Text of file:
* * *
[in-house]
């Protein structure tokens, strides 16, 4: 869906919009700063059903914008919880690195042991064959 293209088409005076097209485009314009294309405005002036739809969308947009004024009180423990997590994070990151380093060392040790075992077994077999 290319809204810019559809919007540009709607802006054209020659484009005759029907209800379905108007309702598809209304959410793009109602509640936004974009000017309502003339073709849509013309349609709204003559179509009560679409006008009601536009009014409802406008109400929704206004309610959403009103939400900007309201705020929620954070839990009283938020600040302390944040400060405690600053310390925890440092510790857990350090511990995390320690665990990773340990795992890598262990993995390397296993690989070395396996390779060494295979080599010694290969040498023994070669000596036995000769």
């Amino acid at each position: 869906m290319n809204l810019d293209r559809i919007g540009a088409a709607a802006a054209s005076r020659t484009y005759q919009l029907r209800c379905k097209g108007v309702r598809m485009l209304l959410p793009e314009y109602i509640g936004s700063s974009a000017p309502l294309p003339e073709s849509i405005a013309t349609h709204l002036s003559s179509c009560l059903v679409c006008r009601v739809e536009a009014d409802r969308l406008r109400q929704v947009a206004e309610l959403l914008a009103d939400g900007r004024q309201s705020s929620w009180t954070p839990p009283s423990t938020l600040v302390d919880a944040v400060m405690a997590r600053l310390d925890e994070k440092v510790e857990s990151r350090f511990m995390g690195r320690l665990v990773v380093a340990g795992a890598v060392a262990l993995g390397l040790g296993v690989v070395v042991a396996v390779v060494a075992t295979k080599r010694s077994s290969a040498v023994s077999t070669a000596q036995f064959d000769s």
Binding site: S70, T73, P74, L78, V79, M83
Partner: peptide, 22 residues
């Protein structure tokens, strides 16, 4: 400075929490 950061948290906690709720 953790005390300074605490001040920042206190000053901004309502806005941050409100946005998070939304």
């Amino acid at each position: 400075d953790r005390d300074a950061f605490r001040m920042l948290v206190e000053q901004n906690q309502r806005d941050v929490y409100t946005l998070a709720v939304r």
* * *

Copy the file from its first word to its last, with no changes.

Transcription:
[in-house]
């Protein structure tokens, strides 16, 4: 869906919009700063059903914008919880690195042991064959 293209088409005076097209485009314009294309405005002036739809969308947009004024009180423990997590994070990151380093060392040790075992077994077999 290319809204810019559809919007540009709607802006054209020659484009005759029907209800379905108007309702598809209304959410793009109602509640936004974009000017309502003339073709849509013309349609709204003559179509009560679409006008009601536009009014409802406008109400929704206004309610959403009103939400900007309201705020929620954070839990009283938020600040302390944040400060405690600053310390925890440092510790857990350090511990995390320690665990990773340990795992890598262990993995390397296993690989070395396996390779060494295979080599010694290969040498023994070669000596036995000769």
């Amino acid at each position: 869906m290319n809204l810019d293209r559809i919007g540009a088409a709607a802006a054209s005076r020659t484009y005759q919009l029907r209800c379905k097209g108007v309702r598809m485009l209304l959410p793009e314009y109602i509640g936004s700063s974009a000017p309502l294309p003339e073709s849509i405005a013309t349609h709204l002036s003559s179509c009560l059903v679409c006008r009601v739809e536009a009014d409802r969308l406008r109400q929704v947009a206004e309610l959403l914008a009103d939400g900007r004024q309201s705020s929620w009180t954070p839990p009283s423990t938020l600040v302390d919880a944040v400060m405690a997590r600053l310390d925890e994070k440092v510790e857990s990151r350090f511990m995390g690195r320690l665990v990773v380093a340990g795992a890598v060392a262990l993995g390397l040790g296993v690989v070395v042991a396996v390779v060494a075992t295979k080599r010694s077994s290969a040498v023994s077999t070669a000596q036995f064959d000769s």
Binding site: S70, T73, P74, L78, V79, M83
Partner: peptide, 22 residues
């Protein structure tokens, strides 16, 4: 400075929490 950061948290906690709720 953790005390300074605490001040920042206190000053901004309502806005941050409100946005998070939304």
């Amino acid at each position: 400075d953790r005390d300074a950061f605490r001040m920042l948290v206190e000053q901004n906690q309502r806005d941050v929490y409100t946005l998070a709720v939304r």